Guide to Drawing a Sociogram
Guide to Drawing a Sociogram
In order to draw a sociogram, eSzocMet provides the framework for the sociogram, which the user only needs to finalise by a five to ten minute rearrangement. The initial graph is drawn by eSzocMet from the mutual sympathy responses along a circle or a square.
The dots represent people (with initials next to them), the blue ones are boys, the red ones are girls, while the thickness of the lines between them indicates the strength of the relationship. However, in many cases the diagram is not clear enough to allow a good analysis and to show the different characteristics of the group, so it needs to be rearranged. To rearrange the points, click on them with the left mouse button and drag them to the desired position.
First of all, it is a good idea to put unconnected people (if there are any) to the edge of the figure so that they don’t disturb us during drawing.
Once this is done, try to find shapes that are unconnected to others. Often there are completely separate pairs, triangles, or even quadrates in a class. Once you have found these, put them on the edge of the picture temporarily.
The central block or blocks should be drawn in such a way as to eliminate intersections (i.e. you want to ensure that the line representing one relationship does not cross the other). It is worth starting with the person who has the most connections. Pull him or her to the middle and pull his/her connections close to him/her. After that, we progress through his contacts until we are done with everyone. It is advisable to use angles of 45, 90, 120 and 180 degrees where possible so that the shapes are clearly visible. Try to avoid arbitrary shapes, for example if you have three people connected to each other and no one else, then represent this as an isosceles triangle, with equal distance between people within the shape and if possible between shapes. Of course, this is not always possible; in case of classes with a complex structure, it may not be possible to find a solution without an intersection, because, for example, two people are connected who are otherwise on the far edges of the picture. These relationships of course should be included in the sociogram, nevertheless, it may be worth addressing them separately in the interpretation.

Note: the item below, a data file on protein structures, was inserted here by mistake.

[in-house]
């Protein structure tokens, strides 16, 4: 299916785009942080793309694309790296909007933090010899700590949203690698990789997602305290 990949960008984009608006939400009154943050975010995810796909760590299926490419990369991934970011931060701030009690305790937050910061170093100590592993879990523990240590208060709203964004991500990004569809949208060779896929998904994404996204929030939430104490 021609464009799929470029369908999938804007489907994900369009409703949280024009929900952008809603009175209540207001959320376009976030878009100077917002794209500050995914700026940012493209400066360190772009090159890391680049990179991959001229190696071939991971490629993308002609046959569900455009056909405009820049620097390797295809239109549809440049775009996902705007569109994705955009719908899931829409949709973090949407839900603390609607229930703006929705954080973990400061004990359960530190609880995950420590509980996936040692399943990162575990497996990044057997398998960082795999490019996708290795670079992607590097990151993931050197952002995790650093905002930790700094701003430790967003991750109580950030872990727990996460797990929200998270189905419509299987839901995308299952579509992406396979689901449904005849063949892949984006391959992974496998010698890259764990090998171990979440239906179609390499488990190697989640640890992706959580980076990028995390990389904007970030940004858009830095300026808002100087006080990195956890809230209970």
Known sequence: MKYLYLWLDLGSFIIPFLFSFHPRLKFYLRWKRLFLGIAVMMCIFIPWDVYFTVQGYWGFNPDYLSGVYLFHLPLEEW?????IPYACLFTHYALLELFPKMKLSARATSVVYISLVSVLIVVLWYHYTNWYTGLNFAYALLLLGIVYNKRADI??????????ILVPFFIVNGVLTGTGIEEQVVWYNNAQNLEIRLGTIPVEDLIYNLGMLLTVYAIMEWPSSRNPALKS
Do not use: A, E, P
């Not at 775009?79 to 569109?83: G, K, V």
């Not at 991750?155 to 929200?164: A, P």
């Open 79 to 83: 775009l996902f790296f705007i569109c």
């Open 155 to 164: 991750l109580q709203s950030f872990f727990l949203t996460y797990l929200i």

Use the shapes given by Mérei (solitary, pair, triangle, square (or polygon), star, chain) as much as possible and to be able to get the proprtions of the various shapes.
Now put the sole and separate shapes in their place. If possible, place the members who have no relationships next to the people they most often nominated, so that it is visible where the child wants to belong. Similarly, if someone wants to be related to a shape or a member of the shape has outward relationships with someone who does not reciprocate, move the shape closer to that person.
Once the sociogram is ready, we can read one of the important structural indices, the central-marginal index:
To calculate the C-M indicator, we need to look at the percentage of children who are in the closed shape (or shapes) at the centre, the percentage who are directly connected to it and the percentage who are not directly connected, i.e. are at the margin of the figure. The average of the three numbers is 20-50-30.
When you are ready do not forget to save your work to your computer as refreshing the page will reset the sociogram into the original round shape.
Source: Ferenc Mérei (2006): Hidden Network of Communities.